Systems and processes serve an important role in any organization. This is something Ryan Holmes, CEO of Hootsuite, realized as his company has scaled from a few dozen to nearly 1,000 employees. Systems ensure that projects get done, quality is maintained and there are no surprises. The problem is that bad systems often end up in a kind of corporate Bermuda Triangle.
As a new manager, you’re likely to want to prove yourself. So you work late, and you do your very best to kick ass and make a good first impression. This is the approach that worked well for you as an individual, so, of course, it’ll work when leading a team. This is where the Spiral begins because the initial thought is actually, “I can do it all myself. I’m the Boss.” But what you really need to learn to become is being a leader of your team, not the boss that’s in charge of making decisions for them.
Article by Michael Lopp on Rands in Response
Promotion and adherence to justice seems to translate into beneficial workplace behaviors such as task performance and organizational citizenship behavior because fair treatment from managers may deepen employees trust, commitment, sense of being supported, and the quality of work relationships. The research brought forward in this piece suggests that living up to fair managerial behavior may be a cost-effective means to higher employees’ productivity.
Article by Pietro Marenco on ScienceForWork
The power of goal setting with OKRs lies in the simplicity and flexibility to create alignment around prioritized goals for the entire organization on the company, team and individual level. When properly introduced and used right, OKR can be a powerful aid in building a high performance culture characterized by focus on results, openness, and increased accountability.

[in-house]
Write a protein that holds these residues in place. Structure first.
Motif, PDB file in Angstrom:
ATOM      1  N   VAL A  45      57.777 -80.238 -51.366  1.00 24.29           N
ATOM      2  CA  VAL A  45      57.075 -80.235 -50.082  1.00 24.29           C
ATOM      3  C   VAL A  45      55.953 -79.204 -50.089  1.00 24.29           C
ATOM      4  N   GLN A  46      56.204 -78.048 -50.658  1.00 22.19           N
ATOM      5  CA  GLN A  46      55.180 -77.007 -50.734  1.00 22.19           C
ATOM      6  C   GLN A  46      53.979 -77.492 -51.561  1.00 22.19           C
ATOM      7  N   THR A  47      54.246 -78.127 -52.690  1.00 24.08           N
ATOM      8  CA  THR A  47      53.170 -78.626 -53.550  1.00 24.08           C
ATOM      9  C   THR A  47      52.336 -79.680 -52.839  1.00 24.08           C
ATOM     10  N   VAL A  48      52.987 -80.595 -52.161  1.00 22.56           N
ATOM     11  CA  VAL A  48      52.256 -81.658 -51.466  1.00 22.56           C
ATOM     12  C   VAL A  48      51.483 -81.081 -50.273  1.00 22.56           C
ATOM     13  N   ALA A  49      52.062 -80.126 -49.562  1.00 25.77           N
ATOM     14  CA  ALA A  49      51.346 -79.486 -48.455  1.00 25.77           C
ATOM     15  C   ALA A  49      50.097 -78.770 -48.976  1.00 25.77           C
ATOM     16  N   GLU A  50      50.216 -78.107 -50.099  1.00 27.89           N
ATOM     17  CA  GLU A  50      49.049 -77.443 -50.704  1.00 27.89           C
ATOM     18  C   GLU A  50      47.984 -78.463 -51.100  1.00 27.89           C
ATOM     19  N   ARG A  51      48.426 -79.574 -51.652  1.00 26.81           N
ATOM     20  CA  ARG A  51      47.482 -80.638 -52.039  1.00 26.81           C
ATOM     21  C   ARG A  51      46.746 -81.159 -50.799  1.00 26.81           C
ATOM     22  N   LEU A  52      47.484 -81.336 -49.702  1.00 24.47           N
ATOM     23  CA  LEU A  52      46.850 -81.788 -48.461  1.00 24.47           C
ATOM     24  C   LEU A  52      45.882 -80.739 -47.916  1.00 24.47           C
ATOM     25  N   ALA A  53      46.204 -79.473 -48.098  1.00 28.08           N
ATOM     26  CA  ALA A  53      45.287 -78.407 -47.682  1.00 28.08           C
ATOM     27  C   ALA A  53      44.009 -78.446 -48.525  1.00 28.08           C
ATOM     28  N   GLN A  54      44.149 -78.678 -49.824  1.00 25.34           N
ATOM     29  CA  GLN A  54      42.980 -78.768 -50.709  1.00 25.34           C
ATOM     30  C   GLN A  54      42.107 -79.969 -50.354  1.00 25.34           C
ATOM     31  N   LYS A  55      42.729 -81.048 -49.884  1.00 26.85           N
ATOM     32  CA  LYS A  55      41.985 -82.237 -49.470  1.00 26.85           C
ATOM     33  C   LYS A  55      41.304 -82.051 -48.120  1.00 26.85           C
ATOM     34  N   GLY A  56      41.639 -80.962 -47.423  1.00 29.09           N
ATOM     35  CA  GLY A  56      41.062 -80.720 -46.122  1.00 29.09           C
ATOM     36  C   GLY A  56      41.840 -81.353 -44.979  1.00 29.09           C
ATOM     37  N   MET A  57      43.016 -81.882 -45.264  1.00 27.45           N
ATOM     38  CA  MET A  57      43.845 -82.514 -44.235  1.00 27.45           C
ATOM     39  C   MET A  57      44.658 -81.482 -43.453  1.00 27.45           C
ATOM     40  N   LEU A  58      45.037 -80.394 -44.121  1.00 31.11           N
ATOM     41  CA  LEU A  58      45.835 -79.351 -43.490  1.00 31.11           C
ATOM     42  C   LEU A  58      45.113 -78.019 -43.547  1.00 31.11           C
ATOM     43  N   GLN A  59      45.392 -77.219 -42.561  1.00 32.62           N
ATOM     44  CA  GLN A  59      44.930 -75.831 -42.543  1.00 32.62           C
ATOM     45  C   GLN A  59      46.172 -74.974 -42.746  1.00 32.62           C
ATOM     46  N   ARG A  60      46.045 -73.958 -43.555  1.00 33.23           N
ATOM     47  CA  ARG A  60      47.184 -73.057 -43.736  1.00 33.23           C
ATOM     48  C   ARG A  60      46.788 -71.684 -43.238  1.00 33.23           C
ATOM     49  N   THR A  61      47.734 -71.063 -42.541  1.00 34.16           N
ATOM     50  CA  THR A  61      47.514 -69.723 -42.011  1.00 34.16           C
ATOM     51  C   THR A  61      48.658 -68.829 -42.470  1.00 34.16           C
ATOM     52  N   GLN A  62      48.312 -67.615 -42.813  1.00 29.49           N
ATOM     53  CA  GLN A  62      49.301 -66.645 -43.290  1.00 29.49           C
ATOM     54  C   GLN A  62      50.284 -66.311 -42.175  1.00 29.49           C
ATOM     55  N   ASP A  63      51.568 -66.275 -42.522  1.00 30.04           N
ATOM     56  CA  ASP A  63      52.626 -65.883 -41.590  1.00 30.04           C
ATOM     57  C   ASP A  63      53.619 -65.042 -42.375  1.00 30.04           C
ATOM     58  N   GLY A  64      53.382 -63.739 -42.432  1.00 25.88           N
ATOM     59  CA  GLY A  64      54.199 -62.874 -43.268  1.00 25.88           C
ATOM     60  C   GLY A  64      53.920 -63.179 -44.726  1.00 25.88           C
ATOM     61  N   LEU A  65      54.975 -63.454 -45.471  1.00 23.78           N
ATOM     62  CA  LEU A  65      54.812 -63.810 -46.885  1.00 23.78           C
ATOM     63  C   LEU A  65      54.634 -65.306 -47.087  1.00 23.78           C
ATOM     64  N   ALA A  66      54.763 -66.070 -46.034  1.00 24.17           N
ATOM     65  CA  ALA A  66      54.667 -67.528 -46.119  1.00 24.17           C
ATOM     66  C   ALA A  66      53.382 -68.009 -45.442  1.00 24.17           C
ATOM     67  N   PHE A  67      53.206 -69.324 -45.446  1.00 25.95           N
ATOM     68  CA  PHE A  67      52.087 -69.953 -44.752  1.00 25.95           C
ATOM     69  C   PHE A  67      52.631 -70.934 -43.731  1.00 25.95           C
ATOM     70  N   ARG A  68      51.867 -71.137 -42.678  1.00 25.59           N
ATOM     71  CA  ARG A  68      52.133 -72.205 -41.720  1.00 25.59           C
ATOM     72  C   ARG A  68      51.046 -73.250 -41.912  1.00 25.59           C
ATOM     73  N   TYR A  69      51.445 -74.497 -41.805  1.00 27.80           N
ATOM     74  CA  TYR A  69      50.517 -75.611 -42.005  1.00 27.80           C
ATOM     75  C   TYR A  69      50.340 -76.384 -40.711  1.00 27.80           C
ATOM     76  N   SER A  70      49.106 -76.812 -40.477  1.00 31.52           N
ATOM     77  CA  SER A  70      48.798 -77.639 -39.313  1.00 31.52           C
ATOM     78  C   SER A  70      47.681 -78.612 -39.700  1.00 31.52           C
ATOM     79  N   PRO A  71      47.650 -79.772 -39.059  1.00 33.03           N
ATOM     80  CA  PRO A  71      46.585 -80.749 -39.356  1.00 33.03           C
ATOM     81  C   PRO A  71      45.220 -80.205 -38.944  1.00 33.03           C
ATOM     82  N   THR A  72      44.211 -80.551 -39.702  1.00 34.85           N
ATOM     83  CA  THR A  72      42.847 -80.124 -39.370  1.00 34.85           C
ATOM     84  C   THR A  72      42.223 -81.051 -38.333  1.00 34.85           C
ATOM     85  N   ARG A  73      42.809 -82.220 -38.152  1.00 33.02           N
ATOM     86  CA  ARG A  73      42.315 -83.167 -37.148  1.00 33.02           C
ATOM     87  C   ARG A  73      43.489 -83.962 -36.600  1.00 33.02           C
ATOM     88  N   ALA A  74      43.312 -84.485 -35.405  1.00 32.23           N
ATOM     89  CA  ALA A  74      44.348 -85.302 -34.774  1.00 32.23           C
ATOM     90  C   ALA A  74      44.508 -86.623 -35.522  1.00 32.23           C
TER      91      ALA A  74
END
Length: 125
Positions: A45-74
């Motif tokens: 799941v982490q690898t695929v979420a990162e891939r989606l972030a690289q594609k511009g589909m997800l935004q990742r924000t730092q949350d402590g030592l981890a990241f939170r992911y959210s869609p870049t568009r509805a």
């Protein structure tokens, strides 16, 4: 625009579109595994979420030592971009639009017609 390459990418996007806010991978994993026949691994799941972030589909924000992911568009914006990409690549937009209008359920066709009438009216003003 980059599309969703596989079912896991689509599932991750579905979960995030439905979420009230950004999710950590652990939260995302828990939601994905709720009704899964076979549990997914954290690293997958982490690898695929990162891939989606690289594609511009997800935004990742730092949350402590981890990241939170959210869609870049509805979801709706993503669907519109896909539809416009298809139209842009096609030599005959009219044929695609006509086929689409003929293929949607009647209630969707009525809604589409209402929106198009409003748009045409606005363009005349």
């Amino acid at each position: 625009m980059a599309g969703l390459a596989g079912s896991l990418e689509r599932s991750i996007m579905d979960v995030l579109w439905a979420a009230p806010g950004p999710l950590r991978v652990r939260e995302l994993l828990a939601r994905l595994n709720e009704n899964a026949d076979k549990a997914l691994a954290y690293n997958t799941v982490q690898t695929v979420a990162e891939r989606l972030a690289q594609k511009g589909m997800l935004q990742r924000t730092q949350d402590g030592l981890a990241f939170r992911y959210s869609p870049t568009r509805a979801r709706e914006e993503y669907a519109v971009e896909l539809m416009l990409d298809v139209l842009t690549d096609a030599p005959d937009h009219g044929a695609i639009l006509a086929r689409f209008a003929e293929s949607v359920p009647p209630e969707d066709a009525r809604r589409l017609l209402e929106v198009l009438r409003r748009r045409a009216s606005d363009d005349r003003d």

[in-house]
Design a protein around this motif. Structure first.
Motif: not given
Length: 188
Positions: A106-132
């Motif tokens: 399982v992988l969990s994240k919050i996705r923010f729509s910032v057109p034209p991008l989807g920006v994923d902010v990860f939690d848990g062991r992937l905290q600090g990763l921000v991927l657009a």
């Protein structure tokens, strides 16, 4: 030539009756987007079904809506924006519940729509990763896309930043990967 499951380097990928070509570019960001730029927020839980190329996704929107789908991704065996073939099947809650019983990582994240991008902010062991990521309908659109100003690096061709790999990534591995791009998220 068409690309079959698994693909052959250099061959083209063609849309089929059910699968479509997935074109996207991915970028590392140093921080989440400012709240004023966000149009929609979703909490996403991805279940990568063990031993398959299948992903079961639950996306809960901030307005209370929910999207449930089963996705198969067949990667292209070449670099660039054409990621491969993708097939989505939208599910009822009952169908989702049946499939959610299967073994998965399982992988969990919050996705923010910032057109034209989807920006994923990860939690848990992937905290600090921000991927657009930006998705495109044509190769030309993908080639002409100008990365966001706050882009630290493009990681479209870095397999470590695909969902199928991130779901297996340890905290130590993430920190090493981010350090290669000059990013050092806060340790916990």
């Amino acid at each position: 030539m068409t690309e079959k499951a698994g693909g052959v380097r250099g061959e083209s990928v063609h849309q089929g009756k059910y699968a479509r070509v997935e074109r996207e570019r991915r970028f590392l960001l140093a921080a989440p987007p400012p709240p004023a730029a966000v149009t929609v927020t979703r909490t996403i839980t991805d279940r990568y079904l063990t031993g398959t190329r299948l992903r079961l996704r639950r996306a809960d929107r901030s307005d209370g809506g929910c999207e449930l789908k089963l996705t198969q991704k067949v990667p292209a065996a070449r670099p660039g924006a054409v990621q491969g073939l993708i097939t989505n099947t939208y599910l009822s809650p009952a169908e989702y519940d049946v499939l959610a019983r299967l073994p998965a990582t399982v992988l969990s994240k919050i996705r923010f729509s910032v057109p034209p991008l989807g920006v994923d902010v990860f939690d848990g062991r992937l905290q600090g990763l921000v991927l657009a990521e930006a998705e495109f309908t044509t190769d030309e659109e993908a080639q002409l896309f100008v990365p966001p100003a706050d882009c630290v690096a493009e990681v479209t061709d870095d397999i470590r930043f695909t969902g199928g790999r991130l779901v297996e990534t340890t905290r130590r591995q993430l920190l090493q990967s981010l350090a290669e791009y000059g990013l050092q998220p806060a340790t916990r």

Article by Max Lamers, culturestars
Building organizations that are more adaptable, innovative and engaging requires deep innovation of the technology of human accomplishment. Gary Hamel presents the case for reinventing management.
15 Min Video of Talk by Gary Hamel
Most organizations spend an inordinate amount of time and money trying to avoid, mitigate, maneuver around, or generally “manage” tension but very few, if any, of those tactics involve transforming it into something useful. Yet, the best organizations have figured out ways to process their tensions at every level into productive changes in their structure and/or culture.
Article by Sam Spurlin, The Ready
Hierarchy is a design element that does fit into many, but far from all enterprises. And where there are better alternatives the corresponding feedback loops must be designed with sufficient strength and rigor to more than offset the coherence that hierarchy could potentially provide.
The role of the leader is changing, yet it’s more important than ever. To create adaptive organizations, leaders need to actively shape an open culture that fosters collaboration and builds trust.
A classic McKinsey definition of strategy – from a generation ago – is “an integrated set of actions designed to create a sustainable advantage over competitors.” While the core of this idea is right, a variant is clearer and more actionable. At Incandescent, the essence of what it means to have a clear strategy is: Commitment to a destination and to core concepts that shape the choices for how to get there
Objectives and Key Results (OKRs) is a goal-setting system made famous by Intel and Google, asking all employees to outline their major objectives and the quantifiable actions it’ll take to achieve them. At Swipely OKRs are much more than an effective management tool. Using OKRs right, they really serve as a layer of communication that holds the company together and elevates its game at the same time. And in short order, they’ve become fundamental to Swipely’s culture, helping it hit a record $1 billion in sales under management this fall.